Abstract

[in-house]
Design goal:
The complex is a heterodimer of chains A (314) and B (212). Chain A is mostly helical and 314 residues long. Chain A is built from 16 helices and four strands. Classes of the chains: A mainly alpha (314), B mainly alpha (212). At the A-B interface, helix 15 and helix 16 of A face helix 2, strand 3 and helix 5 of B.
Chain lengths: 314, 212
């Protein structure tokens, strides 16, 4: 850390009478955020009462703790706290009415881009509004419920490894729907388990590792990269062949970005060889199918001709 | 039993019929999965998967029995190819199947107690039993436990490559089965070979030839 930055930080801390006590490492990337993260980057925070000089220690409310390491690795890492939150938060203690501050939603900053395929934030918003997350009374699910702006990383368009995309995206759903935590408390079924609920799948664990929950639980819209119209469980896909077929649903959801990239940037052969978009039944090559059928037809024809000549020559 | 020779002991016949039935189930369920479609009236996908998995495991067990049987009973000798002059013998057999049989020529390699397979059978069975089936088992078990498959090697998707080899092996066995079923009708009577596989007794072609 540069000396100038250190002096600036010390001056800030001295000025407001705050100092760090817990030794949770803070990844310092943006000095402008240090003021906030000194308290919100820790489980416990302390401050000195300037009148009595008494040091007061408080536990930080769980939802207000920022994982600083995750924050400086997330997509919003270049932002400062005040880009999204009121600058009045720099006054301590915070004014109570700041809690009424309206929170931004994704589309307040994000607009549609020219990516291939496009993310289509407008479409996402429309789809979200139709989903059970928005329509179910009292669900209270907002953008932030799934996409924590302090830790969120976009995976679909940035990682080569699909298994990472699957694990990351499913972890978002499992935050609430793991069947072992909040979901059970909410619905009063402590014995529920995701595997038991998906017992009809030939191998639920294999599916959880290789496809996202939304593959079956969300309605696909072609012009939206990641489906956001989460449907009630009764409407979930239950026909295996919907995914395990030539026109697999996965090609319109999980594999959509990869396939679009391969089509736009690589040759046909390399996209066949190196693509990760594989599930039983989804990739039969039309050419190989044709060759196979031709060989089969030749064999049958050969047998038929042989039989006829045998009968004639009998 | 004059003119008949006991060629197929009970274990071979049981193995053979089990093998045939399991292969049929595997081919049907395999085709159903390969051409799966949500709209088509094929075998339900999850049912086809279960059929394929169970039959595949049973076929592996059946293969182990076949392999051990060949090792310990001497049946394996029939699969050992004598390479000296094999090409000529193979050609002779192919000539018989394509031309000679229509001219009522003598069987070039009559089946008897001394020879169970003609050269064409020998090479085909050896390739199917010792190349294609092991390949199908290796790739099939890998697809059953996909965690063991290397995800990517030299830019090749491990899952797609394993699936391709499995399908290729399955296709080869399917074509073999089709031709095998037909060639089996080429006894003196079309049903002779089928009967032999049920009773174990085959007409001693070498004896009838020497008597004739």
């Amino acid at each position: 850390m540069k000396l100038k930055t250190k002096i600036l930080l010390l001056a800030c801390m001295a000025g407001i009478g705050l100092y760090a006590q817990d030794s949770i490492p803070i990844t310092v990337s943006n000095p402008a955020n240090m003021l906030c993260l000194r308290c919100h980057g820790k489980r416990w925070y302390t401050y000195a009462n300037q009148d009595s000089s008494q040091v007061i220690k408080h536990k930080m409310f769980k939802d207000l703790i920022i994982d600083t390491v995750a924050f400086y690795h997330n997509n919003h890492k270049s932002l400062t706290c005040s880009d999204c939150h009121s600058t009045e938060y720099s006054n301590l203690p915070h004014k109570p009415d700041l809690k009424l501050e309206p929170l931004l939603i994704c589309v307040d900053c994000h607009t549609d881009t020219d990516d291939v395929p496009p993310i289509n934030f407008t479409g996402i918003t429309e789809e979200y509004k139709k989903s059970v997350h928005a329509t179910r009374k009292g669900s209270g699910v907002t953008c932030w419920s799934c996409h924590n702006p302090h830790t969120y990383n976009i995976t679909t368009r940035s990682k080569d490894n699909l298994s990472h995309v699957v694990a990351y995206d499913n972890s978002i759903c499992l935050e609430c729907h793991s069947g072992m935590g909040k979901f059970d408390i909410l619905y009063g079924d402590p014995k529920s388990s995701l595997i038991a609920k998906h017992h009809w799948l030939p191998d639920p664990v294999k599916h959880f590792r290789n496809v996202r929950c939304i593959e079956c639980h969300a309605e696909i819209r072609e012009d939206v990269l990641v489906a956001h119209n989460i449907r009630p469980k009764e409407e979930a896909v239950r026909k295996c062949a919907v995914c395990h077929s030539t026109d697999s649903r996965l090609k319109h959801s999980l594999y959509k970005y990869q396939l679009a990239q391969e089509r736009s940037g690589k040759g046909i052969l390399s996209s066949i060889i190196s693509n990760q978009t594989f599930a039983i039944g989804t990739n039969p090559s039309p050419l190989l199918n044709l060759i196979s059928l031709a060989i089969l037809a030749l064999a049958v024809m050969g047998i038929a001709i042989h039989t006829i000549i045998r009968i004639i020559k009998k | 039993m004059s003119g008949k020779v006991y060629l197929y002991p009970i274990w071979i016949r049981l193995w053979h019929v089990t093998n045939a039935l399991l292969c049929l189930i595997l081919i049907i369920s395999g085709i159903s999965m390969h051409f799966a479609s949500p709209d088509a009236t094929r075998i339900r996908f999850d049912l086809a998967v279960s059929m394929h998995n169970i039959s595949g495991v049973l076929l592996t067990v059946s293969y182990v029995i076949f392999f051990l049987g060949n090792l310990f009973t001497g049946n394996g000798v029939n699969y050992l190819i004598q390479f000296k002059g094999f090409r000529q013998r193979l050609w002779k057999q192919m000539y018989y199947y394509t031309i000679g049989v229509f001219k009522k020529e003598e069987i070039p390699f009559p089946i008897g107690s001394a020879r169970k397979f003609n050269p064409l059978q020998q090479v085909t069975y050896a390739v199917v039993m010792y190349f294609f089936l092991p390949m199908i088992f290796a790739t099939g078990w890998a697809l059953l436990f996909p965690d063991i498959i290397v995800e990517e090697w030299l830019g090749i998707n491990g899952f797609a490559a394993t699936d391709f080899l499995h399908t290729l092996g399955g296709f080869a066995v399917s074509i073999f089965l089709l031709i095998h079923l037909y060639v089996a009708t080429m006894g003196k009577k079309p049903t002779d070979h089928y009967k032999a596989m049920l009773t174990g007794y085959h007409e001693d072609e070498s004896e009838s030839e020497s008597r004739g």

Bouguer gravity patterns revealed in horizontal gradient images are used to locate and examine the tectonic nature of Precambrian structural boundaries buried beneath the North American Central Plains. The southern boundary of the Superior province west of the midcontinent gravity high (MGH), interpreted as a collisional suture, is relocated as much as 200 km south of previous geophysically defined positions, close to a position defined recently by using drill-hole information; east of the high, this boundary is thought to trace a 900-km arc subparallel to the MGH. The western boundary of the Superior province is regarded as a suture containing significant components of transcurrent faulting. The eastern boundary of the Wyoming province, another suture, is traced northward into the Churchill province, near the northwestern margin of a 1900–1600 Ma magmatic belt. This boundary and Proterozoic terrane to the east are transected by previously unrecognized faults hundreds of kilometres long. Gravity patterns also suggest that the North American Central Plains conductivity anomaly may not be a continuous, suture-related conductor.

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